Studies uphold MRI's role in meniscal tears, propose new sequences

2007 05 15 13 57 24 706

Knee MRI has become the most frequently ordered exam, but how accurate is it for diagnosing meniscal tears? Accurate enough to merit its acceptance in the orthopedic community, although MR interpretation must still be undertaken cautiously, according to a Belgian group that investigated the correlation between MR results and surgical findings.

For this retrospective study, radiologist Dr. Pieter Van Dyck and colleagues looked at 100 consecutive patients with clinical signs of internal knee joint derangement who underwent MR and arthroscopy. Findings from the latter served as the gold standard for the presence or absence of a meniscal tear.

Van Dyck is from the University Hospital Antwerp in Edegem. Other contributors are from the Antwerp department of orthopedics, as well as the radiology department at AZ St-Maarten in Duffel-Mechelen, all in Belgium.

Scanning was done on a 1.5-tesla scanner (Symphony, Siemens Medical Solutions, Erlangen, Germany) with a protocol that included axial turbo spin-echo (TSE) intermediate-weighted imaging with spectral fat saturation. MR images were first interpreted by Van Dyck, and all discrepancies were reviewed by co-authors Dr. Jan Gielen and Dr. Filip Vanhoenacker, both radiologists.

"Unavoidable errors were those in which the original MR diagnosis, with which all three observers agreed, did not agree with surgical findings," the group wrote (Archives of Orthopaedic and Trauma Surgery, April 14, 2007).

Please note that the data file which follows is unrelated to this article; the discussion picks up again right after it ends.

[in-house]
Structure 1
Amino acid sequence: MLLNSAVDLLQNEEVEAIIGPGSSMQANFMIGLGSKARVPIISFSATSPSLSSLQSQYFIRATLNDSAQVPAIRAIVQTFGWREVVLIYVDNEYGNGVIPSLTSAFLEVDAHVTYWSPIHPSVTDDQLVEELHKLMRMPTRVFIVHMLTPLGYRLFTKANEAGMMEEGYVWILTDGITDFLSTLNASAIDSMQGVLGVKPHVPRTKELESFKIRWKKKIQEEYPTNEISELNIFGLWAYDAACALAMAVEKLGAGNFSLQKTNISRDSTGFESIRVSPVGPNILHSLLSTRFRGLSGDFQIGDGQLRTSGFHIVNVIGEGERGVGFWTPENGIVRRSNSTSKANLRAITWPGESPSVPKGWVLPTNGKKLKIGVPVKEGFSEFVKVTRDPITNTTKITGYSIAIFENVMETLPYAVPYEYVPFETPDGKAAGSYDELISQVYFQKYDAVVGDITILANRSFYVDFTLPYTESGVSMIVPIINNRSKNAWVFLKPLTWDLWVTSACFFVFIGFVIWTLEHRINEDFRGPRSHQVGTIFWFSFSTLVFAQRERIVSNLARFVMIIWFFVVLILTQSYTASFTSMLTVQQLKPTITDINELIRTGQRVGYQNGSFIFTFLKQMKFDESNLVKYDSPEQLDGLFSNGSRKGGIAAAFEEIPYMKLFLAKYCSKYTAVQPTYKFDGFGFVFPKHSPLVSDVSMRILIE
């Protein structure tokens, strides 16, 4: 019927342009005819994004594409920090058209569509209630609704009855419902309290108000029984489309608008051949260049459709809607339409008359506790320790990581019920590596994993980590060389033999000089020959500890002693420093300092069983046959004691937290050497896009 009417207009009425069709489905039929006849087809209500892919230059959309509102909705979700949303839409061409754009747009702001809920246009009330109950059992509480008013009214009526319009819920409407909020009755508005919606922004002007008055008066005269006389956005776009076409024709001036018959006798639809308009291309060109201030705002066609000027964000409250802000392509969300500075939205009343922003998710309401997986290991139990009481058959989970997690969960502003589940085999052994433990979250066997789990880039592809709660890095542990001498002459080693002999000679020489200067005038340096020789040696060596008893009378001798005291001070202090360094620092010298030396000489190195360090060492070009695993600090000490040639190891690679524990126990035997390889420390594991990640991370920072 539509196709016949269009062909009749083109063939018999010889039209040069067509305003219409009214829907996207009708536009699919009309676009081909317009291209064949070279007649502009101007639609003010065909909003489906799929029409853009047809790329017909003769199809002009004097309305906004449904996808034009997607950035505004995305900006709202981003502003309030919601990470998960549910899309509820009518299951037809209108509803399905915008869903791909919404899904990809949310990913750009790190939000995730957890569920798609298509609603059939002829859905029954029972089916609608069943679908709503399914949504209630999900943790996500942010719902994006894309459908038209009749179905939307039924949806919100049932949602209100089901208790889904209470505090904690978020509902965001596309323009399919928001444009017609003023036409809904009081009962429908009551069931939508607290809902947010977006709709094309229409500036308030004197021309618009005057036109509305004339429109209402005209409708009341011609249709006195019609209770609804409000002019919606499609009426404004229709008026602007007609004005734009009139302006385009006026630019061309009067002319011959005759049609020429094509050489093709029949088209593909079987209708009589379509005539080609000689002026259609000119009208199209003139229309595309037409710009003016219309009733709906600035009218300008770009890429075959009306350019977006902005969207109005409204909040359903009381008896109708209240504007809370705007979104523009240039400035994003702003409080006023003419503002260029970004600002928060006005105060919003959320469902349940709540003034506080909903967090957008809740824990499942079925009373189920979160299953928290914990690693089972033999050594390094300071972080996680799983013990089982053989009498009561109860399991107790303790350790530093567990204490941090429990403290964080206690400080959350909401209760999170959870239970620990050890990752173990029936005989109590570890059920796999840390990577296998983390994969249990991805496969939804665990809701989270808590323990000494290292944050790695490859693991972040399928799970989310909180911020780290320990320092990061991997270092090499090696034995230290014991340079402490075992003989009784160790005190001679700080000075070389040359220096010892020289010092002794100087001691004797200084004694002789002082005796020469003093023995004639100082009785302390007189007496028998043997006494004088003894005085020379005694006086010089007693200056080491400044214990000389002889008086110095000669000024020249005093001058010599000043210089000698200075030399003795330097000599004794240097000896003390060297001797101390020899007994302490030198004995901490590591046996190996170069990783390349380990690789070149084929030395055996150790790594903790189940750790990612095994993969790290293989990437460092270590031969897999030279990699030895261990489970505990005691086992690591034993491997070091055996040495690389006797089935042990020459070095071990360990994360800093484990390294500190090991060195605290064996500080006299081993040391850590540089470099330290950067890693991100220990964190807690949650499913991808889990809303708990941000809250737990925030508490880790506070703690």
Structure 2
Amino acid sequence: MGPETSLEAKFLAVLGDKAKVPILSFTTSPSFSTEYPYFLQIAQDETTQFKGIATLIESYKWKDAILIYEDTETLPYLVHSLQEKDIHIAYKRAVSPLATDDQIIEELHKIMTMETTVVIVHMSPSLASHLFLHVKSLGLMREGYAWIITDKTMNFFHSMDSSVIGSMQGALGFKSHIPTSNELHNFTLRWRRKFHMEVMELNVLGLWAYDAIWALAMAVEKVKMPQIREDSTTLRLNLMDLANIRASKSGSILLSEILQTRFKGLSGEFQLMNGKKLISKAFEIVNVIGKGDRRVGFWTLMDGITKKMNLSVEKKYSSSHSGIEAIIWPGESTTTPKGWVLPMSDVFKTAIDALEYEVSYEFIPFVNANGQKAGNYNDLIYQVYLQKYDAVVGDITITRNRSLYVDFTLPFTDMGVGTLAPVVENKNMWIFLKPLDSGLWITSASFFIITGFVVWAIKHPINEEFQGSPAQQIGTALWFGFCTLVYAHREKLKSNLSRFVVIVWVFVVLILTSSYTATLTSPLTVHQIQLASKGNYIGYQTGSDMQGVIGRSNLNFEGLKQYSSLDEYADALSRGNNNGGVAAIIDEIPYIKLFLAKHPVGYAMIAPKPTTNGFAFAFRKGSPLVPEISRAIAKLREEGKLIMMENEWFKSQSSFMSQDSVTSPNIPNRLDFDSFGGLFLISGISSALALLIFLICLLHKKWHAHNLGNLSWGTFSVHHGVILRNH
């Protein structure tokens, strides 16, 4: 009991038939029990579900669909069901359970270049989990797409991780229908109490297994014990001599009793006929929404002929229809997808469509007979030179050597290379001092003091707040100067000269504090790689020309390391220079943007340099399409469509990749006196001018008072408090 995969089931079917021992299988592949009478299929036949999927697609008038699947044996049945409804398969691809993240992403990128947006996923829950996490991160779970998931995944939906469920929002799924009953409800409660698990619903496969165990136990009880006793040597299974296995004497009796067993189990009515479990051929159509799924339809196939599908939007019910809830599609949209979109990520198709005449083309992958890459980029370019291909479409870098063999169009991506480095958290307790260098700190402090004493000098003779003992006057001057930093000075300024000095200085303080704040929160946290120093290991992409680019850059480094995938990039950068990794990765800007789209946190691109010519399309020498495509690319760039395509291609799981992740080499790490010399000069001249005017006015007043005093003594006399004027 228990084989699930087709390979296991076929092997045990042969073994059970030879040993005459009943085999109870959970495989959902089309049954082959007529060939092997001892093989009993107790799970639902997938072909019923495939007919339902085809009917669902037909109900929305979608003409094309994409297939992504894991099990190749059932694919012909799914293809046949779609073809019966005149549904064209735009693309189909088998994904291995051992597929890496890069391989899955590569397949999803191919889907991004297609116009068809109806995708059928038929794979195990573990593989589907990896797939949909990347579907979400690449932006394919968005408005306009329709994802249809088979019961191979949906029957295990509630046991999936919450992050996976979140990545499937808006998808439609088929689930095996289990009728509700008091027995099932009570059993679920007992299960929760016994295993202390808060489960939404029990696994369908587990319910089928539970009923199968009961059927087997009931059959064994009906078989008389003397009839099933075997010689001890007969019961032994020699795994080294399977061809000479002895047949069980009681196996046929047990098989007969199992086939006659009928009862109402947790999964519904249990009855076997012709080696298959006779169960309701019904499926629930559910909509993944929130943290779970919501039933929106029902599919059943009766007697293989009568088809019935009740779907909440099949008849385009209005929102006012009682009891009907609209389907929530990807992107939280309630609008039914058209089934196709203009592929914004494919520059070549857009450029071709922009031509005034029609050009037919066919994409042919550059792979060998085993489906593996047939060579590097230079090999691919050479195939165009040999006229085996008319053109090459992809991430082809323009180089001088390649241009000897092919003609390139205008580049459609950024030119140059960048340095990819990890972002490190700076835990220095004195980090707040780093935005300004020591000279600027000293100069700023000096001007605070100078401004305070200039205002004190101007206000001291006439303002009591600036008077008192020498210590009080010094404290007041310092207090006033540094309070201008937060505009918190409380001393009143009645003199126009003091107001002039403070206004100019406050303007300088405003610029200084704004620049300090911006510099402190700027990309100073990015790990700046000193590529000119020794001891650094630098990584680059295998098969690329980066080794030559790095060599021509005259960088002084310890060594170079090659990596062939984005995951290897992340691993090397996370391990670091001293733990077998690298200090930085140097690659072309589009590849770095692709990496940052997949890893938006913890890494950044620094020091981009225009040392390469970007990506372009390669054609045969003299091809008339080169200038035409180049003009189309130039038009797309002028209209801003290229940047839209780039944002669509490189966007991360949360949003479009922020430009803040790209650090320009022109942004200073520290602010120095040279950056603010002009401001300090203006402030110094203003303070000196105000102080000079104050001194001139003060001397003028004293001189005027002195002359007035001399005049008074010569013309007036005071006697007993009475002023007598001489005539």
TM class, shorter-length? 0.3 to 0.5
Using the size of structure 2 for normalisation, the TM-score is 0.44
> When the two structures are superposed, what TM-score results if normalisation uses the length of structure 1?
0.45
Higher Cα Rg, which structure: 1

According to the results, of the 67 medial meniscal tears, 18% were missed. The accuracy of MRI for the medial meniscus was 88%. The sensitivity was 82%, specificity was 100%, positive predictive value (PPV) was 100%, and negative predictive value (NPV) was 73%. Out of 30 lateral meniscal tears, 40% were missed for an accuracy of 85%, sensitivity of 60%, specificity of 96%, PPV of 86%, and NPV of 85%.

Of the 27 total diagnostic errors made, 44% were deemed unavoidable and included 10 missed meniscal tears and three false-positive cases in which the menisci were considered torn on MRI but no tear was found on arthroscopy. Interpretation errors included four missed tears, one of which occurred when a stable tear was called a normal variant.

The authors stated that only 4% of the 67 medial meniscal tears could not be identified on MRI by all three reviewers. In contrast, 23% of lateral meniscal tears could not be identified, although the authors did not necessarily see this as a major problem. First, they pointed out that the high percentage of missed lateral meniscal tears were because of MR sequence limitations and not observer errors.

More important, confusion between fraying and tearing remains a common discrepancy between MR and surgical findings, they explained.

"(O)f 12 missed lateral tears, 11 (92%) should be considered as true or clinically significant meniscal tears and, thus, MR may be considered a highly accurate imaging method for detection of (lateral) meniscal tears," the authors wrote. "Whether meniscal fraying should be considered the cause of the patient's symptoms is controversial.... We recommend that radiologists ... be descriptive in reporting subtle MR findings, alerting the clinician of possible meniscal tear."

Rapid isotropic imaging

Van Dyck's group used FSE, which is the go-to MR sequence for evaluating internal derangements and meniscal tears. But as they mentioned, FSE MR does have technical limitations, including the lack of opportunity for reformation and structural blurring. Researchers from Stanford University and GE Healthcare have suggested using isotropic 3D FSE with an extended echo-train acquisition (XETA) instead.